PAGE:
The Romantic Side of Family Law – Prenups

a woman with her hands wrapped around a man's arm showing her engagement ring

Written by Kara-Lynne Chapman

What comes to mind when you hear the word “prenup”? Do you think of wealthy people protecting their assets?  Do you think of a couple who are planning to fail?  Perhaps your first reaction is to think “that’s so unromantic”.  What if I told you that marriage contracts/cohabitation agreements (aka “prenups”) are actually quite romantic in nature and can help marriages survive and thrive?  Let me explain.

Marriage is a contract and terminating that contract through separation and divorce has serious consequences. Many people who get married do so at a relatively young age and have not yet had an opportunity to amass any assets.  However, ten or twenty years down the road, the financial landscape often looks very different.  It is common for us to meet clients who started with nothing and amassed significant wealth throughout their marriage.  Upon that marriage breaking down, if there is no agreement in place on how to distribute those assets, the law steps in and demands an equal distribution between married parties regardless of whose efforts resulted in that wealth (note that common law parties are treated differently under the law).

The law is also peculiar when it comes to matrimonial homes: if one spouse already owned the home on the date of marriage, the value accrued up to that date is still subject to equal division upon separation unless there is a marriage contract in place that says otherwise. This is often an unexpected quirk of the law for our legally married clients.  For common law spouses, it is possible for one party to make a financial claim against the home even if it is owned solely by the other.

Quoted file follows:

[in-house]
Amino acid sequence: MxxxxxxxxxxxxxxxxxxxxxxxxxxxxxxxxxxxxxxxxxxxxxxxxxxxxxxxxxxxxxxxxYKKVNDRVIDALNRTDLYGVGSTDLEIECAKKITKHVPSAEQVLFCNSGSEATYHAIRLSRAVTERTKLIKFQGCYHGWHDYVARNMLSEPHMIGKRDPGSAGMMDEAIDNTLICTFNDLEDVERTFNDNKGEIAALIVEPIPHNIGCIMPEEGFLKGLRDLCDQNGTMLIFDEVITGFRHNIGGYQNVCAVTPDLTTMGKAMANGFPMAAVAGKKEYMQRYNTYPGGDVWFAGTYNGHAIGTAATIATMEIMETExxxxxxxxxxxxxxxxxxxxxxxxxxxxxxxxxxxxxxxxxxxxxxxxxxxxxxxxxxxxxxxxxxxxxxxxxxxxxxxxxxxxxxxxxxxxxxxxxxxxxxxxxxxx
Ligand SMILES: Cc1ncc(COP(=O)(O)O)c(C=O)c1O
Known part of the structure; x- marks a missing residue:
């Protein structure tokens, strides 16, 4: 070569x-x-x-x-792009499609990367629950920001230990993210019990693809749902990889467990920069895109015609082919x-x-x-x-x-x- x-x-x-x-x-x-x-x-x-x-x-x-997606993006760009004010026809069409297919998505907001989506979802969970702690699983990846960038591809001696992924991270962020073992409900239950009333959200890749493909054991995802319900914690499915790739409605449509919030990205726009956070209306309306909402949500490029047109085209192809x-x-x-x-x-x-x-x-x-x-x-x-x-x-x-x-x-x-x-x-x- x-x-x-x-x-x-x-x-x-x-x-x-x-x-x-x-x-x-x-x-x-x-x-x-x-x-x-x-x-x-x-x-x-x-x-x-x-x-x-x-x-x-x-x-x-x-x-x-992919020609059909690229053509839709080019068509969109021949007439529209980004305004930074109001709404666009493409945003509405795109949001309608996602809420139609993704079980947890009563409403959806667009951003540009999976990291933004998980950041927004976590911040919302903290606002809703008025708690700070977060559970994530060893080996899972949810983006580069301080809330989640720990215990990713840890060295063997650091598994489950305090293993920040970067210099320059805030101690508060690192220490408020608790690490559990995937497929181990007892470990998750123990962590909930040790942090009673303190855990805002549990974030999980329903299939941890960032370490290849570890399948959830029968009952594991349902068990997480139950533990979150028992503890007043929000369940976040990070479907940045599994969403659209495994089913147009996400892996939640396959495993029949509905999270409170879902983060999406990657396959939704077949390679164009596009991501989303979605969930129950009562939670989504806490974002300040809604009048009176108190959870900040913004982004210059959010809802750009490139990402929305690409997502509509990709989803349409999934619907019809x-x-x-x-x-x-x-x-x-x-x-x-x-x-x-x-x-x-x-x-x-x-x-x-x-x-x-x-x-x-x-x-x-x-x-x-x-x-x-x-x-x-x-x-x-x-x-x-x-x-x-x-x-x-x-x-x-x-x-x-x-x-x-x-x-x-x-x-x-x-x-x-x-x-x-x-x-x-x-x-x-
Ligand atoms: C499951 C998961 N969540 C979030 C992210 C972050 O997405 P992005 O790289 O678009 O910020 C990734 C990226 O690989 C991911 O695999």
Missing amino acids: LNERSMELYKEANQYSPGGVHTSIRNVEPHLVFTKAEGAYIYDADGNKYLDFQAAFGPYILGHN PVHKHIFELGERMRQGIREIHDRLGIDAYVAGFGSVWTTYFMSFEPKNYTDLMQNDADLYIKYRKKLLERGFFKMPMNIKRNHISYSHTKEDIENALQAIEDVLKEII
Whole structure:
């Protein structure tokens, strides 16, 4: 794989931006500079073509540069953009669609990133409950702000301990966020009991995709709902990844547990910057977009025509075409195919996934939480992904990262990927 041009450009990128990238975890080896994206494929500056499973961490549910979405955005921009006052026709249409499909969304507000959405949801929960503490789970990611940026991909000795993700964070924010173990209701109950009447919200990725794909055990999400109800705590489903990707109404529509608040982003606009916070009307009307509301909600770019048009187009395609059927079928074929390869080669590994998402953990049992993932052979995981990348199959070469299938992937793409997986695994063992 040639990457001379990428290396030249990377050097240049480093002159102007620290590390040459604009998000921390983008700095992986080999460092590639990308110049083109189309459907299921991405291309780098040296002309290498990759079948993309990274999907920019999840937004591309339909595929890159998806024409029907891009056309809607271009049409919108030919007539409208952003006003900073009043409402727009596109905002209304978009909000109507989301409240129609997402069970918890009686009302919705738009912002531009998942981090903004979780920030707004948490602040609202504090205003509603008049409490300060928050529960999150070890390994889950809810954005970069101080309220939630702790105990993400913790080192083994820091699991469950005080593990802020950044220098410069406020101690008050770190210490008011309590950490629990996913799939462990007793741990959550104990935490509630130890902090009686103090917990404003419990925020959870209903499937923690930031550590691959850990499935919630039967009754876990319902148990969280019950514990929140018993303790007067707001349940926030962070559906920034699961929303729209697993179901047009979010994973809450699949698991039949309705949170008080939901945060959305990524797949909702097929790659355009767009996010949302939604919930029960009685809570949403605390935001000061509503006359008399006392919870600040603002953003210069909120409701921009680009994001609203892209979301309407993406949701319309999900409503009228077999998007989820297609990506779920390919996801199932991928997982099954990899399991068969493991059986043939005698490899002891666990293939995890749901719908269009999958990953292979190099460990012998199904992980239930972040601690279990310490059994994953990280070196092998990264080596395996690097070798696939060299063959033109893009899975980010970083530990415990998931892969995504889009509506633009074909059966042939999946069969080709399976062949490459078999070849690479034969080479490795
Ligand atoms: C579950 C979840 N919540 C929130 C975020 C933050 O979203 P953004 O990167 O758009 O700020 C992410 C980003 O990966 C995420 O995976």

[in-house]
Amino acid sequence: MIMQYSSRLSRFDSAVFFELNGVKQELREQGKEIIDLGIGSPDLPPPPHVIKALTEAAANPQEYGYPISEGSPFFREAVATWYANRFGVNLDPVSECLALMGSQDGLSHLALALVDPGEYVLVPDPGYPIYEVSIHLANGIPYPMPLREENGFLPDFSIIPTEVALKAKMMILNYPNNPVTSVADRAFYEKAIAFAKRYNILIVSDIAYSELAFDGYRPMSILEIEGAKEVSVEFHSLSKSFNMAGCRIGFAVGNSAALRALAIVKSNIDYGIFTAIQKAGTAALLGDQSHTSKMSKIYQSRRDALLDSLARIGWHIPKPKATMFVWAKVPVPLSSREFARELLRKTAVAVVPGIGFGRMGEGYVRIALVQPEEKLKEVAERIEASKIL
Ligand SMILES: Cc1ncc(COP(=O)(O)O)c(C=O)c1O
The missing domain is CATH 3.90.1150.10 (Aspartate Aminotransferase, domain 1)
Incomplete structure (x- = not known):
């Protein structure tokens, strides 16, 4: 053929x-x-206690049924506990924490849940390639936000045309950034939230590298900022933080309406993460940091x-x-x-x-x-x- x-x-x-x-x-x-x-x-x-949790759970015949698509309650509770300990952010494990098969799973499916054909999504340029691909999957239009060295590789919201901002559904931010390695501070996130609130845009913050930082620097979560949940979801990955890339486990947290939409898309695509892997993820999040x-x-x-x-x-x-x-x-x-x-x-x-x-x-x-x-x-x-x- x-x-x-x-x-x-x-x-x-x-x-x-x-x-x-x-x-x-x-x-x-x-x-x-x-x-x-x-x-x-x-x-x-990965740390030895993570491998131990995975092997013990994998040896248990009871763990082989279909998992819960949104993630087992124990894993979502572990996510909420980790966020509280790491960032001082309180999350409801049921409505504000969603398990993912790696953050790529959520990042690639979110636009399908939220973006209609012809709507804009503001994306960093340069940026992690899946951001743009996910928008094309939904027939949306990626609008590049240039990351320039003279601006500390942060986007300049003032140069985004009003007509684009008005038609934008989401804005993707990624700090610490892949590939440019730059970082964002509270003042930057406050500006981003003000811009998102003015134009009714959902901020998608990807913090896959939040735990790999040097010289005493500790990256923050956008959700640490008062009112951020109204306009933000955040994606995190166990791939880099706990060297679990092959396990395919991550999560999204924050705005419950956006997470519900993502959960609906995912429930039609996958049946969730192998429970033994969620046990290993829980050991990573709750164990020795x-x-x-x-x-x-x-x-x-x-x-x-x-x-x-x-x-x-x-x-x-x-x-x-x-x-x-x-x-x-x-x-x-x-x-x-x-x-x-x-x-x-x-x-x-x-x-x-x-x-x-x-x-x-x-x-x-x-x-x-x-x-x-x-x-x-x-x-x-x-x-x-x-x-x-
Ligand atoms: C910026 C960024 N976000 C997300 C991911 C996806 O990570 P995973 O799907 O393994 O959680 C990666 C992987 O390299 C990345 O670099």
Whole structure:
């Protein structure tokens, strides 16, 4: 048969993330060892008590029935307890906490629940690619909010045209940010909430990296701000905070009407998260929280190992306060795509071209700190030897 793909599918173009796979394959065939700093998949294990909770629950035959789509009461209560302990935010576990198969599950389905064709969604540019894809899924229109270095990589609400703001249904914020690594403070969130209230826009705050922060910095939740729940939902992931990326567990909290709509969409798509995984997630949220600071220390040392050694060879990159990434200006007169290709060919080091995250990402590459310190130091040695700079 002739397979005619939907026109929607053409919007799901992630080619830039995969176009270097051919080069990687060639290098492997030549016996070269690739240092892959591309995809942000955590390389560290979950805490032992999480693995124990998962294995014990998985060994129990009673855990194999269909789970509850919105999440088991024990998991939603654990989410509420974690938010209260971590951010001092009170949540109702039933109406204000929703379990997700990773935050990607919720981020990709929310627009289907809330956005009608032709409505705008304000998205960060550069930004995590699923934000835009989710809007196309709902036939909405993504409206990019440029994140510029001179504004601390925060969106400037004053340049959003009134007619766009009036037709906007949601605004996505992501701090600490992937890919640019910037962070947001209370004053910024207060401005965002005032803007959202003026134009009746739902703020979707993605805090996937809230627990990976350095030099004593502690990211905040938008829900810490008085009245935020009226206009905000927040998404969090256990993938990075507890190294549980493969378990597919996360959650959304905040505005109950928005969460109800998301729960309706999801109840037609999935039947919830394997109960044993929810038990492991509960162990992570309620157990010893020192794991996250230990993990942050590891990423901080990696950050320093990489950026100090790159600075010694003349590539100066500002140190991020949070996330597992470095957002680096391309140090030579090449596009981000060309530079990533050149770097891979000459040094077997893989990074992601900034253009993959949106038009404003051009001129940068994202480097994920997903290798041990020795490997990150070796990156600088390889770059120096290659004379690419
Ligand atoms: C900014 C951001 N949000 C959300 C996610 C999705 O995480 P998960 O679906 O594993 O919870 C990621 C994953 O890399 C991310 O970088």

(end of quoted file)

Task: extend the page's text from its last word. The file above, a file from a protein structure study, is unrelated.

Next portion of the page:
Financial issues are also one of the biggest causes of conflict when a couple separates. There is often disparity in the parties’ incomes and this can lead to fear and resentment on both sides.  One spouse may be wondering how they will survive financially while the other is worried about being taken advantage of.  This fear can come across as anger and can inflame an already tense situation.

Finally, it is not unusual for one spouse to have significant debt that they fail to disclose to the other prior to marriage and this can result in long-term consequences in the marriage; mistrust and bitterness can fester. Having to disclose all assets and liabilities prior to marriage or cohabitation can avoid this.

The negotiation of a marriage contract or a cohabitation agreement allows partners to have open and honest discussions about their finances at a time when they are not facing the turmoil of a separation. Cooler heads can prevail and they can establish a roadmap that will, hopefully, allow them to navigate marriage without these financial fears and consequences looming over them.

In other words, a prenup is a way of saying “I want the best for us and our partnership”. See?  Romantic.

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